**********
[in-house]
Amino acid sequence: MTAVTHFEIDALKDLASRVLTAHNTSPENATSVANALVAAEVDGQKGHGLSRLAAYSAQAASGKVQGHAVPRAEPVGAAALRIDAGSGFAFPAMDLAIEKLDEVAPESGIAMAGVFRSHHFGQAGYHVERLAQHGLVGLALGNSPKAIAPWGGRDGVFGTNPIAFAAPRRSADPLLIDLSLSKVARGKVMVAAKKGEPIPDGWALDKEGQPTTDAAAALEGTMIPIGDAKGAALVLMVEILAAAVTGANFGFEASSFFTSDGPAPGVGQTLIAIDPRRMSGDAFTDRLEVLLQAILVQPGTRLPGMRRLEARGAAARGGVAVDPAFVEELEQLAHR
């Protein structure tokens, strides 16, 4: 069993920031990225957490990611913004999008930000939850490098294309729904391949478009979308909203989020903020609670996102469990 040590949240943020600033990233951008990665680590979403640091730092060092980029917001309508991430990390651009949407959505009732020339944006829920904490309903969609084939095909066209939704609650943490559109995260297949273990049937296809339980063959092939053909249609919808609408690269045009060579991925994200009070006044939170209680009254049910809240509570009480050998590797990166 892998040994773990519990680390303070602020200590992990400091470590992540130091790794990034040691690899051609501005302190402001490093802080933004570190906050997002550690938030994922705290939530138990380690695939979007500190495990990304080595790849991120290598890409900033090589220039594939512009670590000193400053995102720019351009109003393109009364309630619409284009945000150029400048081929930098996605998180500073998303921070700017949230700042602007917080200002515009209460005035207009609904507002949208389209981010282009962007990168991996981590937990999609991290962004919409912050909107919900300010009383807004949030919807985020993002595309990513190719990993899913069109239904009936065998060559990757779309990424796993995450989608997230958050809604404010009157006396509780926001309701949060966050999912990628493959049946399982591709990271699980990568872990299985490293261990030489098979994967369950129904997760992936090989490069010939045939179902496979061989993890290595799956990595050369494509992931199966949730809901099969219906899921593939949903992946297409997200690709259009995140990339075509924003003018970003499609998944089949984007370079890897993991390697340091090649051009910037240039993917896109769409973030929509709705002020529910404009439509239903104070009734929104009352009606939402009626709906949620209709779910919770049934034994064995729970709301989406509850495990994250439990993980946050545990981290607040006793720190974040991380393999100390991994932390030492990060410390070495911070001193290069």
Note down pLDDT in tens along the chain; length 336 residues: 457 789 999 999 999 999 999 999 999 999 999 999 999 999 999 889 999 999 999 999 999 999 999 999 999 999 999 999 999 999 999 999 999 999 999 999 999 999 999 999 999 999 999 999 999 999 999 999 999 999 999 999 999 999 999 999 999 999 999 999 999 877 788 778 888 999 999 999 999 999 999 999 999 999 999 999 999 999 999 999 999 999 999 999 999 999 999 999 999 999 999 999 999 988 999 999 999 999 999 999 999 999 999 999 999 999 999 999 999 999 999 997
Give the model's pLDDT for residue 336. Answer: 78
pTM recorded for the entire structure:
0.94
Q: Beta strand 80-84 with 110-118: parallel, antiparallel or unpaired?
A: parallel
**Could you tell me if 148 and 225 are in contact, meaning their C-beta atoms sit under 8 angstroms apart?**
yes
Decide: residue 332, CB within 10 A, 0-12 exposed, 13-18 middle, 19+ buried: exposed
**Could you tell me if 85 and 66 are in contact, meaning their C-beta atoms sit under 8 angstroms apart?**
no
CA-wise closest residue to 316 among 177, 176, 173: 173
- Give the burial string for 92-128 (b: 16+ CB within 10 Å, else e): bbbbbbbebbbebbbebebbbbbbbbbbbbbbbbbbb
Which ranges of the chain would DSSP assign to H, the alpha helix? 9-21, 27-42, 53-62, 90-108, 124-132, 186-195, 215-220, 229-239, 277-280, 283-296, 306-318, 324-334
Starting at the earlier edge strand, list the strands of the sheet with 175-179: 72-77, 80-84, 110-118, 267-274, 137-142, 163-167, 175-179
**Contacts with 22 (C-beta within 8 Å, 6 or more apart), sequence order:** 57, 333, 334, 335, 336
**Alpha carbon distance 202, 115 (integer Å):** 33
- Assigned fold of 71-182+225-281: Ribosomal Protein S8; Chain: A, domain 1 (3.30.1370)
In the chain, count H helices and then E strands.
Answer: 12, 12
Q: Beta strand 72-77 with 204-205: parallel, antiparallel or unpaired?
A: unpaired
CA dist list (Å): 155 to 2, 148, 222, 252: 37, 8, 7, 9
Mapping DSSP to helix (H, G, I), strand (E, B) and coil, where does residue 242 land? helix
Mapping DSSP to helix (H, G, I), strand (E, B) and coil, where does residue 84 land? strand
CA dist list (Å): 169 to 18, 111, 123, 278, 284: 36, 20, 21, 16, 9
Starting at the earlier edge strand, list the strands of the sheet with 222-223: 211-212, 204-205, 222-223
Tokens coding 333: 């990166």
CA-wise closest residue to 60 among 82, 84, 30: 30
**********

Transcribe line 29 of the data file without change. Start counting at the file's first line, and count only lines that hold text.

CA dist list (Å): 169 to 18, 111, 123, 278, 284: 36, 20, 21, 16, 9